U.S. Government Study Shows Younger Workers Less Inclined to Federal Employment

The U.S. Merit Systems Protection Board (MSPB) has issued the results of a study of Federal entry-level new hires in professional and administrative occupations to identify how the U.S. Government can improve its entry-level hiring. According to the report--"Attracting the Next Generation: A Look at Federal Entry-Level New Hires, the Federal Government offers what many new hires—-regardless of age or generation—-want in an employer, but noted that numerous studies indicate that the Government is not an attractive employer to younger, less experienced applicants.

One surprising finding was that despite the popular perception that an entry-level new hire is a young, professionally inexperienced, recent college graduate, entry-level new hires are much more diverse in terms of age, experience and background. Specifically, data showed that the average age of the new hire in fiscal year 2005 was 33 years old, with new hires ranging in age from 21 to 84 years old. "Even more surprising, almost 20 percent reported more than 20 years of work experience before joining the Government, and 17 percent had 11 to 20 years."

In looking specifically to the attraction of Federal employment to older workers, the study reports:
While some may be starting new careers, it is also apparent that many new hires are wrapping up their current careers and hoping to supplement their private retirement with Federal benefits. The Government’s retirement package includes a fixed pension based on earnings and a tax-deferred retirement savings and investment plan (Thrift Savings Plan or TSP) similar to 401(k) plans offered in the private sector.

In addition, retirees with 5 years of continuous enrollment immediately before their retirement continue to receive the full subsidy in the Employees Health Benefits Program. These benefits are attractive to those nearing retirement or who have already retired from another sector and want to supplement their earnings, as demonstrated through some participants’ narrative comments:
Source: Merit Systems Protection Board Press Release (February 8, 2008)

Additional Source: Government Executive "Generation Gap" (February 21, 2008)

Monday, February 18, 2008

Australian Study Identifies Industries More Likely To Employ Older Workers with Chronic Illnesses

According to a study published in Australia, increasing rates of chronic health conditions are unlikely to have an even impact across the workforce, as the rate of employment of older workers with these conditions varies between industries. The results of the study appear in the Australian Medical Association's Medical Journal of Australia ("Where are older workers with chronic conditions employed?" ; free registration).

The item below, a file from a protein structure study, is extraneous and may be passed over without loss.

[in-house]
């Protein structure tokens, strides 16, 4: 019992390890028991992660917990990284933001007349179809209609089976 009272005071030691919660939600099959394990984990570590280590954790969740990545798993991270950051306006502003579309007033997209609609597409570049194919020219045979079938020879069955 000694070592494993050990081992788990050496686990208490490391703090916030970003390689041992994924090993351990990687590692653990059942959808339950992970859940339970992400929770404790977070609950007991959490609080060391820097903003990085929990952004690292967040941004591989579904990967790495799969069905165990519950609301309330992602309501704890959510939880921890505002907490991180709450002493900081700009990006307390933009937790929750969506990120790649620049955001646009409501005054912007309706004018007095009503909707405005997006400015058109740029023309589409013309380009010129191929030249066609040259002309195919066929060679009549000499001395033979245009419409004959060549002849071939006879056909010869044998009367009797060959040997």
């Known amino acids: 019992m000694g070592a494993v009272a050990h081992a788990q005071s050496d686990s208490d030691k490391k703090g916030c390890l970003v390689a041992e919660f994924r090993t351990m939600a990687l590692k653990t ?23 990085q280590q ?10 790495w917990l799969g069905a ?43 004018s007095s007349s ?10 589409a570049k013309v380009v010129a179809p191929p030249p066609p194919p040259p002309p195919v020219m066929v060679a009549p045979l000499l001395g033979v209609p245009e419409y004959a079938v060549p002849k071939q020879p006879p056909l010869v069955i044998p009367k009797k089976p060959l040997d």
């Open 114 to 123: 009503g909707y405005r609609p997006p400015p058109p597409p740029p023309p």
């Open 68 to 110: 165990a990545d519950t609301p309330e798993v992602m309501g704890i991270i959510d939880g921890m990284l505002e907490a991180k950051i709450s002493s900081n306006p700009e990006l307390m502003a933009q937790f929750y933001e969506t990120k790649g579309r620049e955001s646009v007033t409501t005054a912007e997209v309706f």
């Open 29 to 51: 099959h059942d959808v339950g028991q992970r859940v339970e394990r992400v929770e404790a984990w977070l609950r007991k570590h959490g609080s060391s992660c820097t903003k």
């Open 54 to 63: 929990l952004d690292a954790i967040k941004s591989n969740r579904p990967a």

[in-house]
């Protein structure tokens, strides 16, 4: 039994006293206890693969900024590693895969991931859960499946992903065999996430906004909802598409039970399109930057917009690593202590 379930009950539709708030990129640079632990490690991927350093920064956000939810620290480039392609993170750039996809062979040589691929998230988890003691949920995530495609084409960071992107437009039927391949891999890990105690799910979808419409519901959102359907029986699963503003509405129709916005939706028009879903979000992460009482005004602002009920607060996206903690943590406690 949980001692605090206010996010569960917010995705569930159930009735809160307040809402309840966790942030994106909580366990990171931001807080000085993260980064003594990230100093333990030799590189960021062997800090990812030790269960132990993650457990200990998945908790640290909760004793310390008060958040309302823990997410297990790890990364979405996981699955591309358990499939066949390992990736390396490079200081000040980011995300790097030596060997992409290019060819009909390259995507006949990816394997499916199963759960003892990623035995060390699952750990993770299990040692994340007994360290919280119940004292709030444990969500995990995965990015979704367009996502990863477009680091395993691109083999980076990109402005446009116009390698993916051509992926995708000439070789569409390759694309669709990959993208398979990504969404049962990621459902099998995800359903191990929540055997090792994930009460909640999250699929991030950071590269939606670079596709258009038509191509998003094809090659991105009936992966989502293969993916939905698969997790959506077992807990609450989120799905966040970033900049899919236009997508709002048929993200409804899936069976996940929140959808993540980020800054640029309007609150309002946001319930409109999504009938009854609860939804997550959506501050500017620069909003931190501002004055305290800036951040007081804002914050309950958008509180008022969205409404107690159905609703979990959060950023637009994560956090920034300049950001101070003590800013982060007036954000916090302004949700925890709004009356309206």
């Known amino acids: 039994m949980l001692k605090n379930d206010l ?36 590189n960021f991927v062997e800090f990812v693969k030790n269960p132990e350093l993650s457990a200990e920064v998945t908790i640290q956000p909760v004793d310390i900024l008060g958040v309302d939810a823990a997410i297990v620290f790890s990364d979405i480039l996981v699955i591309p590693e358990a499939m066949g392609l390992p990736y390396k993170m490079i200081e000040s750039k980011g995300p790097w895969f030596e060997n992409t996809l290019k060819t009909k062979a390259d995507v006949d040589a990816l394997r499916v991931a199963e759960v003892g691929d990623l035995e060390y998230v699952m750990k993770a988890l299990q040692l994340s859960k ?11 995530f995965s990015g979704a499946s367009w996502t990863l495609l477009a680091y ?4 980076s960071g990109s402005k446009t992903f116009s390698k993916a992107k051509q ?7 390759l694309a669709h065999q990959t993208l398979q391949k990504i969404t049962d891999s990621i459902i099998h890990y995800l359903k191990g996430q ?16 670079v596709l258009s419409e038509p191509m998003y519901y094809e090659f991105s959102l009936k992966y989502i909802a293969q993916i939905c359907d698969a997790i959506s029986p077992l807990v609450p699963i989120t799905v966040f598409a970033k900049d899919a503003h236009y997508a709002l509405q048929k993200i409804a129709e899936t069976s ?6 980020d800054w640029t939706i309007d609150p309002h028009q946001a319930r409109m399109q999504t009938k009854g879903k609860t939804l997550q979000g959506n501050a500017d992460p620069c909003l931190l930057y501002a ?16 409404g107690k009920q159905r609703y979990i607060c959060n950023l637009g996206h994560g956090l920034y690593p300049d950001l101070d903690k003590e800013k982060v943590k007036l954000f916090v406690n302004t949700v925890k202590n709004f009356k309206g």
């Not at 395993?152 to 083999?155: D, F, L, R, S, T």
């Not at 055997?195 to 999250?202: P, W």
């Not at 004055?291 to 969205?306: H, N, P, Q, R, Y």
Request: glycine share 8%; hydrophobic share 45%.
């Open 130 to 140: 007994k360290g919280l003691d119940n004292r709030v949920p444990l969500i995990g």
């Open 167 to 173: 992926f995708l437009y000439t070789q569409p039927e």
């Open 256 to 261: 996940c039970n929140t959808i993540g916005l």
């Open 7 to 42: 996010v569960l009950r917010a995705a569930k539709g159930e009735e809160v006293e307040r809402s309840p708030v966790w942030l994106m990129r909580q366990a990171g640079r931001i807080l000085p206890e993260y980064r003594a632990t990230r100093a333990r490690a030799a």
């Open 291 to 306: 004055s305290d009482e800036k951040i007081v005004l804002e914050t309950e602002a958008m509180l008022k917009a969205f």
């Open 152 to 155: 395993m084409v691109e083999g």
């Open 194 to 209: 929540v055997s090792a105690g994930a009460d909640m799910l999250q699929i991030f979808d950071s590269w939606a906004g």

Using data from the 2005 National Health Survey (NHS), Deborah J Schofield, Susan L Fletcher, Arul Earnest, Megan E Passey and Rupendra N Shrestha find that, compared with the reference industry of property and business services, workers in the retail trade industry were found to be more likely to suffer from musculoskeletal conditions, while those in health and community services had higher rates of cardiovascular disease. Compared with the reference occupation group of professionals, managers and administrators were less likely to suffer neoplasms.
It is important to note that a number of the industries with significantly higher rates of chronic illness are growth industries, such as retail trade and health and community services. These two industries accounted for a quarter of the employed workforce in 2005, up from around 20% in 1990. If the chronic conditions in growth industries are work-related, rates of disease may increase in the future as these industries continue to grow. However, if they are unrelated to work, it may mean that older workers with these conditions can more readily gain employment in these industries.
According to Dr. Schofield, measures to prevent chronic health conditions may be essential to increasing future labour force participation: "Given Australia's ageing population, emerging workforce shortages, and with chronic disease affecting the majority of the workforce, measures to prevent illness may be an important strategy for increasing future labour force participation."